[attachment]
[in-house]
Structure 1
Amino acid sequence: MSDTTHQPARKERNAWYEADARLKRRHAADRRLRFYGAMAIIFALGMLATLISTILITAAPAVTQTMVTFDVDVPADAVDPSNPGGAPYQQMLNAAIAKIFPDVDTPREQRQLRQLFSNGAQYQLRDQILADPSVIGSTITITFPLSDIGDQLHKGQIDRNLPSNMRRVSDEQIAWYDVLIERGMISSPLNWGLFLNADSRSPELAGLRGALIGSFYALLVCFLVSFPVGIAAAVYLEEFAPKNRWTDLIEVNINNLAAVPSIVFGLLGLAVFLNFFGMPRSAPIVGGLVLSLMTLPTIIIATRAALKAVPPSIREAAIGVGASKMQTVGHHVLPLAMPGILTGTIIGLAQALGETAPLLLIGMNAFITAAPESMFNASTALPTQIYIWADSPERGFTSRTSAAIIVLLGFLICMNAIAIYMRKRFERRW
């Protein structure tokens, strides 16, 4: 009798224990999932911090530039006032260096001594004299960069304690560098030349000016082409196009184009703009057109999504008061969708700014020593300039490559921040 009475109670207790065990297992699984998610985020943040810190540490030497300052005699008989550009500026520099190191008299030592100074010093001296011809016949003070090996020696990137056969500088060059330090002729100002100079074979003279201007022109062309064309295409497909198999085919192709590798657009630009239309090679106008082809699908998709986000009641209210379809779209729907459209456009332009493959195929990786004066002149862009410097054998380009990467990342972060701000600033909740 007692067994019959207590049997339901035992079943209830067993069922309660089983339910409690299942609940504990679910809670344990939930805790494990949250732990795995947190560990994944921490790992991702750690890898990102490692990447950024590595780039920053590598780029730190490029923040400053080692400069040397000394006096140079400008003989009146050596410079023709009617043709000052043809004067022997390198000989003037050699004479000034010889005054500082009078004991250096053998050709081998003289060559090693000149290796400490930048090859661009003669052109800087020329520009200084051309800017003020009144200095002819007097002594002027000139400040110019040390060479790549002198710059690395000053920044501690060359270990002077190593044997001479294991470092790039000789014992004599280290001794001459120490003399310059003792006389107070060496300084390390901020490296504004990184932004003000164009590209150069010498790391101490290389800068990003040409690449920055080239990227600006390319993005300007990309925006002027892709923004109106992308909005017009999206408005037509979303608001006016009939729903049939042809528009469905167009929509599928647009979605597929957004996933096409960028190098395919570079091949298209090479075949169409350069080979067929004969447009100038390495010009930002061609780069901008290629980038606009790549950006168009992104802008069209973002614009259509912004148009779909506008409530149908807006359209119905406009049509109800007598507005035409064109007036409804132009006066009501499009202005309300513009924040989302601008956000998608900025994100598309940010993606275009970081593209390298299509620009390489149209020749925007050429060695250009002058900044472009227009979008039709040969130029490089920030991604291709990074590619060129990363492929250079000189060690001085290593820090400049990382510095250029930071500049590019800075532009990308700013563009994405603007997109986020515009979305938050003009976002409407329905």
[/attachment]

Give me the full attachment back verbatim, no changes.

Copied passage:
[in-house]
Structure 1
Amino acid sequence: MSDTTHQPARKERNAWYEADARLKRRHAADRRLRFYGAMAIIFALGMLATLISTILITAAPAVTQTMVTFDVDVPADAVDPSNPGGAPYQQMLNAAIAKIFPDVDTPREQRQLRQLFSNGAQYQLRDQILADPSVIGSTITITFPLSDIGDQLHKGQIDRNLPSNMRRVSDEQIAWYDVLIERGMISSPLNWGLFLNADSRSPELAGLRGALIGSFYALLVCFLVSFPVGIAAAVYLEEFAPKNRWTDLIEVNINNLAAVPSIVFGLLGLAVFLNFFGMPRSAPIVGGLVLSLMTLPTIIIATRAALKAVPPSIREAAIGVGASKMQTVGHHVLPLAMPGILTGTIIGLAQALGETAPLLLIGMNAFITAAPESMFNASTALPTQIYIWADSPERGFTSRTSAAIIVLLGFLICMNAIAIYMRKRFERRW
């Protein structure tokens, strides 16, 4: 009798224990999932911090530039006032260096001594004299960069304690560098030349000016082409196009184009703009057109999504008061969708700014020593300039490559921040 009475109670207790065990297992699984998610985020943040810190540490030497300052005699008989550009500026520099190191008299030592100074010093001296011809016949003070090996020696990137056969500088060059330090002729100002100079074979003279201007022109062309064309295409497909198999085919192709590798657009630009239309090679106008082809699908998709986000009641209210379809779209729907459209456009332009493959195929990786004066002149862009410097054998380009990467990342972060701000600033909740 007692067994019959207590049997339901035992079943209830067993069922309660089983339910409690299942609940504990679910809670344990939930805790494990949250732990795995947190560990994944921490790992991702750690890898990102490692990447950024590595780039920053590598780029730190490029923040400053080692400069040397000394006096140079400008003989009146050596410079023709009617043709000052043809004067022997390198000989003037050699004479000034010889005054500082009078004991250096053998050709081998003289060559090693000149290796400490930048090859661009003669052109800087020329520009200084051309800017003020009144200095002819007097002594002027000139400040110019040390060479790549002198710059690395000053920044501690060359270990002077190593044997001479294991470092790039000789014992004599280290001794001459120490003399310059003792006389107070060496300084390390901020490296504004990184932004003000164009590209150069010498790391101490290389800068990003040409690449920055080239990227600006390319993005300007990309925006002027892709923004109106992308909005017009999206408005037509979303608001006016009939729903049939042809528009469905167009929509599928647009979605597929957004996933096409960028190098395919570079091949298209090479075949169409350069080979067929004969447009100038390495010009930002061609780069901008290629980038606009790549950006168009992104802008069209973002614009259509912004148009779909506008409530149908807006359209119905406009049509109800007598507005035409064109007036409804132009006066009501499009202005309300513009924040989302601008956000998608900025994100598309940010993606275009970081593209390298299509620009390489149209020749925007050429060695250009002058900044472009227009979008039709040969130029490089920030991604291709990074590619060129990363492929250079000189060690001085290593820090400049990382510095250029930071500049590019800075532009990308700013563009994405603007997109986020515009979305938050003009976002409407329905």